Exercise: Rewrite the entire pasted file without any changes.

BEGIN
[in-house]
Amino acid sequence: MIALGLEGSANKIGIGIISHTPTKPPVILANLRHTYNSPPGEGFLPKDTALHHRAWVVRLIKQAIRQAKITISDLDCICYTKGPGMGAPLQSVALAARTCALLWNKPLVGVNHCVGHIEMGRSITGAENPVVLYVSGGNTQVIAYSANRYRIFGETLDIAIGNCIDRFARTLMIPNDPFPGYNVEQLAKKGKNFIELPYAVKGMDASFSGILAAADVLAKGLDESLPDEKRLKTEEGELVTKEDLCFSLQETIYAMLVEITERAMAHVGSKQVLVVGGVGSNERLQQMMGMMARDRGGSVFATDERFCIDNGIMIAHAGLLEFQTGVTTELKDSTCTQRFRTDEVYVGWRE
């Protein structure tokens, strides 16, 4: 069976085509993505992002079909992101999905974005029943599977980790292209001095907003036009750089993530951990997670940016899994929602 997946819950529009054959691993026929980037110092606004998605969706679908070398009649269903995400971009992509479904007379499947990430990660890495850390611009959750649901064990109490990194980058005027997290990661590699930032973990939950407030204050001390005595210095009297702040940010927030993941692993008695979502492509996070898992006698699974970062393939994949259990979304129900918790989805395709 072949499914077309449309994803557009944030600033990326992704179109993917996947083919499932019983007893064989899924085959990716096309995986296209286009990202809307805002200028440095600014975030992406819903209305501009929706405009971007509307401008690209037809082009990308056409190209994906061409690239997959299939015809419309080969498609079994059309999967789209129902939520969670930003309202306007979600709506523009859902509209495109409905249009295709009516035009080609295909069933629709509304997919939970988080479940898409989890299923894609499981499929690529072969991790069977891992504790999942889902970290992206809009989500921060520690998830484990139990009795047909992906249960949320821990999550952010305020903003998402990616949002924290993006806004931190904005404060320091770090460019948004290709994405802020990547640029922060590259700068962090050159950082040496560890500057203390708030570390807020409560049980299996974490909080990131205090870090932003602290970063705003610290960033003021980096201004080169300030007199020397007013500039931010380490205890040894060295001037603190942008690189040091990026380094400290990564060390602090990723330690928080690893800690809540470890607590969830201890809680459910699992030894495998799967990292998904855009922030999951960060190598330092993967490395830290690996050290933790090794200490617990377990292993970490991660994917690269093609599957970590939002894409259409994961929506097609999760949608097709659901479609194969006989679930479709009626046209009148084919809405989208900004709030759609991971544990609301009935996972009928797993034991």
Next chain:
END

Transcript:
[in-house]
Amino acid sequence: MIALGLEGSANKIGIGIISHTPTKPPVILANLRHTYNSPPGEGFLPKDTALHHRAWVVRLIKQAIRQAKITISDLDCICYTKGPGMGAPLQSVALAARTCALLWNKPLVGVNHCVGHIEMGRSITGAENPVVLYVSGGNTQVIAYSANRYRIFGETLDIAIGNCIDRFARTLMIPNDPFPGYNVEQLAKKGKNFIELPYAVKGMDASFSGILAAADVLAKGLDESLPDEKRLKTEEGELVTKEDLCFSLQETIYAMLVEITERAMAHVGSKQVLVVGGVGSNERLQQMMGMMARDRGGSVFATDERFCIDNGIMIAHAGLLEFQTGVTTELKDSTCTQRFRTDEVYVGWRE
């Protein structure tokens, strides 16, 4: 069976085509993505992002079909992101999905974005029943599977980790292209001095907003036009750089993530951990997670940016899994929602 997946819950529009054959691993026929980037110092606004998605969706679908070398009649269903995400971009992509479904007379499947990430990660890495850390611009959750649901064990109490990194980058005027997290990661590699930032973990939950407030204050001390005595210095009297702040940010927030993941692993008695979502492509996070898992006698699974970062393939994949259990979304129900918790989805395709 072949499914077309449309994803557009944030600033990326992704179109993917996947083919499932019983007893064989899924085959990716096309995986296209286009990202809307805002200028440095600014975030992406819903209305501009929706405009971007509307401008690209037809082009990308056409190209994906061409690239997959299939015809419309080969498609079994059309999967789209129902939520969670930003309202306007979600709506523009859902509209495109409905249009295709009516035009080609295909069933629709509304997919939970988080479940898409989890299923894609499981499929690529072969991790069977891992504790999942889902970290992206809009989500921060520690998830484990139990009795047909992906249960949320821990999550952010305020903003998402990616949002924290993006806004931190904005404060320091770090460019948004290709994405802020990547640029922060590259700068962090050159950082040496560890500057203390708030570390807020409560049980299996974490909080990131205090870090932003602290970063705003610290960033003021980096201004080169300030007199020397007013500039931010380490205890040894060295001037603190942008690189040091990026380094400290990564060390602090990723330690928080690893800690809540470890607590969830201890809680459910699992030894495998799967990292998904855009922030999951960060190598330092993967490395830290690996050290933790090794200490617990377990292993970490991660994917690269093609599957970590939002894409259409994961929506097609999760949608097709659901479609194969006989679930479709009626046209009148084919809405989208900004709030759609991971544990609301009935996972009928797993034991």
Next chain: